Collaborative projects

EB from a London school, writes about her experiences here:

Collaborative teaching with the maths department

The librarian and the head of maths worked together to produce a unit of work applying Year 7 students’ knowledge of decimal numbers to an understanding of how the Dewey Decimal Classification scheme used in the library worked. Students sorted a selection of Dewey numbers to show whether or not they had understood place value in decimal numbers. The next step was to find books at the numbers, each child selecting a number and then finding a matching book.

 

This generated a discussion around the way books were classified, enabling students to develop some familiarity with the Dewey arrangement and a clear understanding that there is an underlying structure. The head of maths was pleased as it was a clear example of how maths is used in the real situations, while the librarian was pleased that students showed a greater readiness to seek out books for research and information.

Collaborative teaching with the science department

The science department wanted to develop students’ research skills through a unit on the elements. The librarian obtained a number of books, including one substantial series, on the elements, and put together a differentiated unit of work asking each student to answer a series of questions about one element and create a display.

 

The students had to use the skills of location, extraction and selection of information from the texts, both the books and an appropriate website, to create their display, and obtained a clear understanding of what constitutes an element and how the different elements relate to each other.

 

Info tree

 

Anne Inglis, School Library Resource Centre Coordinator, James Gillespie’s High School. Edinburgh writes:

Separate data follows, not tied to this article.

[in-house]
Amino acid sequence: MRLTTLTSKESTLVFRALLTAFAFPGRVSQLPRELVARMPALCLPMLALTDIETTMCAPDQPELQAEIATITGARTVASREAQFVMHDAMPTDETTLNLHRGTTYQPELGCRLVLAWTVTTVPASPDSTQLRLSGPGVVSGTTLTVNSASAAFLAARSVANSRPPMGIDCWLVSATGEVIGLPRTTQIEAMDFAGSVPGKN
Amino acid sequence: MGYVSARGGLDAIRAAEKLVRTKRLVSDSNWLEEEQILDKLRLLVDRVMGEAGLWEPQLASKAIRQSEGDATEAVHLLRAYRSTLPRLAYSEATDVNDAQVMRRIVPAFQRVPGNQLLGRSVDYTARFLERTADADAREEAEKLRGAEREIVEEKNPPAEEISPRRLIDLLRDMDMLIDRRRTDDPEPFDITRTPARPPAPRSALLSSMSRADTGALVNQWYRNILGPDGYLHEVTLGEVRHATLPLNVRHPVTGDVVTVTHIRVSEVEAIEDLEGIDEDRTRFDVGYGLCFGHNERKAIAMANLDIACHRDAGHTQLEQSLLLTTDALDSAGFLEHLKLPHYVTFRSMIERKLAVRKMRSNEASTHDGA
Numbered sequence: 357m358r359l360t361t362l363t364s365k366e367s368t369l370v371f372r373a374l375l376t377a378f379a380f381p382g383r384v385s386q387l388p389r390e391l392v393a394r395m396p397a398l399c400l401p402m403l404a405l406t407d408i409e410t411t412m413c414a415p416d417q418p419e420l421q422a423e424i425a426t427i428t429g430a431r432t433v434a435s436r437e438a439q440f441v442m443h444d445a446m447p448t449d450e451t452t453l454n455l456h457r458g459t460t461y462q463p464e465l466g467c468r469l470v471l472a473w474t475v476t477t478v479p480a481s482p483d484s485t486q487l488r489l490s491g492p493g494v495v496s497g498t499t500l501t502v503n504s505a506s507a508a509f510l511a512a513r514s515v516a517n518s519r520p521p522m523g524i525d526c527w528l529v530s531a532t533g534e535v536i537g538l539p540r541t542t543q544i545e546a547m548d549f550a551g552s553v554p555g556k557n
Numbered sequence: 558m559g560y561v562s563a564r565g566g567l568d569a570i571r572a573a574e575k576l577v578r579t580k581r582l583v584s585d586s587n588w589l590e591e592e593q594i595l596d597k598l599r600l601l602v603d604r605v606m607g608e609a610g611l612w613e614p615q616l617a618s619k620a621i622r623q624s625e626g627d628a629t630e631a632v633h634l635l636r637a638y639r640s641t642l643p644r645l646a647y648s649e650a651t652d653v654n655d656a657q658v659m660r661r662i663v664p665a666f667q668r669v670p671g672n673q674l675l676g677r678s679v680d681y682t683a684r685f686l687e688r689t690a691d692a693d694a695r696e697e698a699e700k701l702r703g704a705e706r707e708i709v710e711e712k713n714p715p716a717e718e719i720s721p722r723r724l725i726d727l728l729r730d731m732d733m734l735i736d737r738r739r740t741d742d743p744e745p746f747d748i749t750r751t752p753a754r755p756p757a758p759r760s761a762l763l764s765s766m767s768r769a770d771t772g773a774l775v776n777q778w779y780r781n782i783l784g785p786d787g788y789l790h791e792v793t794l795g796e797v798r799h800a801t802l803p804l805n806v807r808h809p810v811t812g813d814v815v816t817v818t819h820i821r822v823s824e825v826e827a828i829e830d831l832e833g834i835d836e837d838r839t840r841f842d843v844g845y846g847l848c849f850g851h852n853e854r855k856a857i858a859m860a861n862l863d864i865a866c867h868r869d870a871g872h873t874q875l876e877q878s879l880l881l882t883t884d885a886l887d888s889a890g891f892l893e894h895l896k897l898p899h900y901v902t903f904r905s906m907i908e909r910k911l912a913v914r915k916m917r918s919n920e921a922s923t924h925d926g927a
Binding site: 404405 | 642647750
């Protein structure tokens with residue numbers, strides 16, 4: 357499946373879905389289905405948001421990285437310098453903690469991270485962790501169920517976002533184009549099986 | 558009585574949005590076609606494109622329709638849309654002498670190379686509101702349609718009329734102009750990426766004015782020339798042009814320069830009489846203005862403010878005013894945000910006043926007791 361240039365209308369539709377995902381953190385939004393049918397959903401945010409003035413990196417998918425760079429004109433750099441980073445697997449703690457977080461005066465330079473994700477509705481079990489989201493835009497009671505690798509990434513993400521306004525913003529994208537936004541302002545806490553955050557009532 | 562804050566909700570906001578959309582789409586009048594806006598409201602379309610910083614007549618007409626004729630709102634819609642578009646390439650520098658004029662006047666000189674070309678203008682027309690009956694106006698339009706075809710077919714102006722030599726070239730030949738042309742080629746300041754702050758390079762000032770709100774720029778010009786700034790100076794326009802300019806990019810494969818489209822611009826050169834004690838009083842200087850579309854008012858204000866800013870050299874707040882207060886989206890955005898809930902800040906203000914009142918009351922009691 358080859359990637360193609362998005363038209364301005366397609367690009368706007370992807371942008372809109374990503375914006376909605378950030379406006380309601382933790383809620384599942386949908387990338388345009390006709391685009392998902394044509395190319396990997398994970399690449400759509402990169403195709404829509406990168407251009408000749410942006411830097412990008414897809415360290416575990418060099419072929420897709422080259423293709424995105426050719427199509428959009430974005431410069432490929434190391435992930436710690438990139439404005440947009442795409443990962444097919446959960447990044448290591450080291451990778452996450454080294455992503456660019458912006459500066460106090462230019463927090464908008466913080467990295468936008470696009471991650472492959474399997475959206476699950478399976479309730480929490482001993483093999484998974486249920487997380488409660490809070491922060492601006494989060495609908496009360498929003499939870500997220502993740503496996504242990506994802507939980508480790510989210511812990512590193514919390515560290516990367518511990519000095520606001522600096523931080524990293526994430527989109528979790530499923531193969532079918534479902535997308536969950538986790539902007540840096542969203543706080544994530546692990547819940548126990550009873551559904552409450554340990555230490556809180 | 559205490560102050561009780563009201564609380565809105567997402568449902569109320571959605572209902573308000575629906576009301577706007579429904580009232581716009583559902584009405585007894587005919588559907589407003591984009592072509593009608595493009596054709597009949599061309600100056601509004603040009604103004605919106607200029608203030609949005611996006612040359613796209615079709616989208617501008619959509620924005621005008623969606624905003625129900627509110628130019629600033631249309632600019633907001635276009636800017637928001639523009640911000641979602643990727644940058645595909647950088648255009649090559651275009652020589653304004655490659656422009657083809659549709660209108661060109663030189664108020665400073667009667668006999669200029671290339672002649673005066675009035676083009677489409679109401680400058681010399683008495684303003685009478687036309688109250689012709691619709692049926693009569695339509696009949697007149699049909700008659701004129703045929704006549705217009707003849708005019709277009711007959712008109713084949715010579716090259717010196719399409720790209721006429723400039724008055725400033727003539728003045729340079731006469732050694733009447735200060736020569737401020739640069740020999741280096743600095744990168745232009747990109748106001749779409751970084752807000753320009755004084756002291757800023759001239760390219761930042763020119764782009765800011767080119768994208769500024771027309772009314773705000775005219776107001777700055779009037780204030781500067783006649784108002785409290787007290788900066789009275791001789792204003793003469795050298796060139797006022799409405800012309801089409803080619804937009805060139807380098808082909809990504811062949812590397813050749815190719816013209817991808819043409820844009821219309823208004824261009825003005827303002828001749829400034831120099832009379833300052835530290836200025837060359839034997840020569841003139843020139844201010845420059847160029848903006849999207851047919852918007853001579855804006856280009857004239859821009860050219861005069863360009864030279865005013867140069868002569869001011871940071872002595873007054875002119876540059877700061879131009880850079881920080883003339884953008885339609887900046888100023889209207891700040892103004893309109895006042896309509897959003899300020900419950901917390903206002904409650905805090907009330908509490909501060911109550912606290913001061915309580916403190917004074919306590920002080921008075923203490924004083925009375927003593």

For the past six years I have worked collaboratively with Support for Pupils staff in delivering IT inserts into the S1 PSE programme. In practice what happens is that I develop and deliver lessons for the whole year which identify IT skills levels and set tasks using the IT resources in the Library which ‘mirror’ what they do in the general PSE course e.g. learning about each other by use of power point and developing presentation skills in that context too. It also provides me with an ideal opportunity to build in some fairly high order critical skills task e.g. evaluating websites, spoof sites etc., but most importantly in a meaningful rather than a token context.  From a school perspective I am seen as the IT expert and can take the lessons in whatever direction their own IT skills lead and we even stray into ethical areas like cyberbullying, copyright etc.

 

Our latest educational aspirations in Curriculum for Excellence requires:

 

  • Effective contributors,
  • responsible citizens,
  • successful learners,
  • confident individuals.

 

The development of relevant ICT skills is the perfect vehicle for most of these aspirations and the Library is the place it happens. For the past six years I have worked collaboratively with Support for Pupils staff in delivering IT inserts into the S1 PSE programme. In practice what happens is that I develop and deliver lessons for the whole year which identify IT skills levels and set tasks using the IT resources in the Library which ‘mirror’ what they do in the general PSE course e.g. learning about each other by use of power point and developing presentation skills in that context too. It also provides me with an ideal opportunity to build in some fairly high order critical skills task e.g. evaluating websites, spoof sites etc., but most importantly in a meaningful rather than a token context. From a school perspective I am seen as the IT expert and can take the lessons in whatever direction their own IT skills lead and we even stray into ethical areas like cyberbullying, copyright etc.

 

 

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